Increasing the User Experience Research Maturity of a Global Accommodation Comparison Platform


  • Marco Pretorius Nelson Mandela University
  • Lydia Christine Penkert



UX Research, UX research maturity, Travel, Accommodation comparison, User centricity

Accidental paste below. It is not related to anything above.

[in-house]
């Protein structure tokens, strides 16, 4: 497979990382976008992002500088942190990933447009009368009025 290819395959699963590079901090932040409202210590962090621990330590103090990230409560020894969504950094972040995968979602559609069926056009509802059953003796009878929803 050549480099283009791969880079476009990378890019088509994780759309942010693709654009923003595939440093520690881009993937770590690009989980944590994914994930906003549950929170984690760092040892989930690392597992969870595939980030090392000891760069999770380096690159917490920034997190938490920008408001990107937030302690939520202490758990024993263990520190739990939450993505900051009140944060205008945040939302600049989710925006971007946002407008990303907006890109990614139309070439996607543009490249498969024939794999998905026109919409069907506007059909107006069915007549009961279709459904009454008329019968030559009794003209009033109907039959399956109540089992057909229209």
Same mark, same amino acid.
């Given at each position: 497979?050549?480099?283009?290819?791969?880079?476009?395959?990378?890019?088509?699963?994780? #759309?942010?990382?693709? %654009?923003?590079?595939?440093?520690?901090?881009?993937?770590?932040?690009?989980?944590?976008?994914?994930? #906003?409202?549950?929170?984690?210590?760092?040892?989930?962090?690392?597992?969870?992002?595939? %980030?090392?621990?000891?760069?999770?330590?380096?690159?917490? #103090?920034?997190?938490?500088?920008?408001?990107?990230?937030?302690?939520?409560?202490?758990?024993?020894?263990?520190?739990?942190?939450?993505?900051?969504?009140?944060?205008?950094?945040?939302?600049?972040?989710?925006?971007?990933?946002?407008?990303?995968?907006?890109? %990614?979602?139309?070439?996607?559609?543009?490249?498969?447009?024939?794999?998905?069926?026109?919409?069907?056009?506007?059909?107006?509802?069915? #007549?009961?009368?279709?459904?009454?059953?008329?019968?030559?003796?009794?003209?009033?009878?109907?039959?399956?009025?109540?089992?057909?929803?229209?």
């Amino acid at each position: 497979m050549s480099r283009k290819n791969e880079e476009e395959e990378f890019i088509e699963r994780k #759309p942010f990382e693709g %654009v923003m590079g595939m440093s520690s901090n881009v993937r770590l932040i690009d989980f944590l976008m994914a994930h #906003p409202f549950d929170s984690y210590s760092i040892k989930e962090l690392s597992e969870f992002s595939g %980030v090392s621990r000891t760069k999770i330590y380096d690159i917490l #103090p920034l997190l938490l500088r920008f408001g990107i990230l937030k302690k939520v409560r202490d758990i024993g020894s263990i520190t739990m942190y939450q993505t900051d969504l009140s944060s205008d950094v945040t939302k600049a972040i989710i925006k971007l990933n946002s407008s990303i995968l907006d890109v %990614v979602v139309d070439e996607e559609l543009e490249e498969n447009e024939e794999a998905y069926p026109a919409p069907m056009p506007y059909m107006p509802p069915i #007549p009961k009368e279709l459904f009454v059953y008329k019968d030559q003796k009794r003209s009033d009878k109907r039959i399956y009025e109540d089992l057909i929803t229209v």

The COVID-19 pandemic drastically impacted the travel industry. Additionally, the recent combination of a sociopolitical crisis, natural disasters and an economic crisis resulted in increased price sensitivity and consciousness in consumer spending. However, the travel industry continues to recover as more countries ease travel restrictions. As travel volumes gradually increase in many parts of the world, product development teams focusing on the User Experience (UX) of travel websites are critical for user satisfaction and business success. User-centric design is the process of building a product or service based on the wants, needs and challenges of the users. However, being truly user-centric requires an active means of listening to users through UX research methods. When implementing such methods, organisations typically transition through different stages of UX research maturity; namely, from the beginning stages where there is a lack of resources and ad-hoc implementation, to a mature state where user research informs business strategy. This case study focuses on practice-based insights of methods used to increase the UX research maturity of an online accommodation comparison platform in the travel industry. The study covers a period of two years, analysing the outcome of the methods introduced to increase the UX research maturity. The case study aimed to achieve the following to increase the maturity: creating awareness of UX Research and the user; exposing UX Research to the wider team; and extending research ownership to product teams. The methods used included: diary study; jobs-to-be-done framework; organisational structural changes; involving product team members in research activities; increasing the frequency of interviews with users; and enabling the product team to conduct small research activities. The results included an increase in the UX Research maturity of the organisation. The product development approach increased its user-centric focus. Non-UX roles within the product team grew closer to the user by doing small research activities. User-centricity was introduced as a company value in the organisation. The results of this study are specifically of value for practitioners and academia in the travel industry and have implications for Product, UX and Research practitioners.